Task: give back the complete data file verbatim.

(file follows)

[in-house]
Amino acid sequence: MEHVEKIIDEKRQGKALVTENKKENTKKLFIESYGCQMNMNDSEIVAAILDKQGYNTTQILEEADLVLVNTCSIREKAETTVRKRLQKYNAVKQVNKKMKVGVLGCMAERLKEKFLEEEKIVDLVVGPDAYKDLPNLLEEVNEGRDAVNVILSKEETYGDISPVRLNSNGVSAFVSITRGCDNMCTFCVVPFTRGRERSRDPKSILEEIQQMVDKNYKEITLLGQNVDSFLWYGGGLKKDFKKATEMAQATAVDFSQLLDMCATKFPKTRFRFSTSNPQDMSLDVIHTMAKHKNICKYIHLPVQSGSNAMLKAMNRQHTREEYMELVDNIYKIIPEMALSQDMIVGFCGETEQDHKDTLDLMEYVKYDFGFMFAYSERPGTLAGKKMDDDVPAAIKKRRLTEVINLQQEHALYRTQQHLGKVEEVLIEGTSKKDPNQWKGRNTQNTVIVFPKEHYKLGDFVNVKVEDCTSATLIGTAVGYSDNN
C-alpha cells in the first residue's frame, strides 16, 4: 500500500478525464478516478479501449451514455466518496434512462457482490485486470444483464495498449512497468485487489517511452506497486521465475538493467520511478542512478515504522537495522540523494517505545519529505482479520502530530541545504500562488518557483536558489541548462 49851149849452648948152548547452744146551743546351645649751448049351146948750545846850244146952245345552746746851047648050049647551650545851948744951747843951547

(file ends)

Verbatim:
[in-house]
Amino acid sequence: MEHVEKIIDEKRQGKALVTENKKENTKKLFIESYGCQMNMNDSEIVAAILDKQGYNTTQILEEADLVLVNTCSIREKAETTVRKRLQKYNAVKQVNKKMKVGVLGCMAERLKEKFLEEEKIVDLVVGPDAYKDLPNLLEEVNEGRDAVNVILSKEETYGDISPVRLNSNGVSAFVSITRGCDNMCTFCVVPFTRGRERSRDPKSILEEIQQMVDKNYKEITLLGQNVDSFLWYGGGLKKDFKKATEMAQATAVDFSQLLDMCATKFPKTRFRFSTSNPQDMSLDVIHTMAKHKNICKYIHLPVQSGSNAMLKAMNRQHTREEYMELVDNIYKIIPEMALSQDMIVGFCGETEQDHKDTLDLMEYVKYDFGFMFAYSERPGTLAGKKMDDDVPAAIKKRRLTEVINLQQEHALYRTQQHLGKVEEVLIEGTSKKDPNQWKGRNTQNTVIVFPKEHYKLGDFVNVKVEDCTSATLIGTAVGYSDNN
C-alpha cells in the first residue's frame, strides 16, 4: 500500500478525464478516478479501449451514455466518496434512462457482490485486470444483464495498449512497468485487489517511452506497486521465475538493467520511478542512478515504522537495522540523494517505545519529505482479520502530530541545504500562488518557483536558489541548462 49851149849452648948152548547452744146551743546351645649751448049351146948750545846850244146952245345552746746851047648050049647551650545851948744951747843951547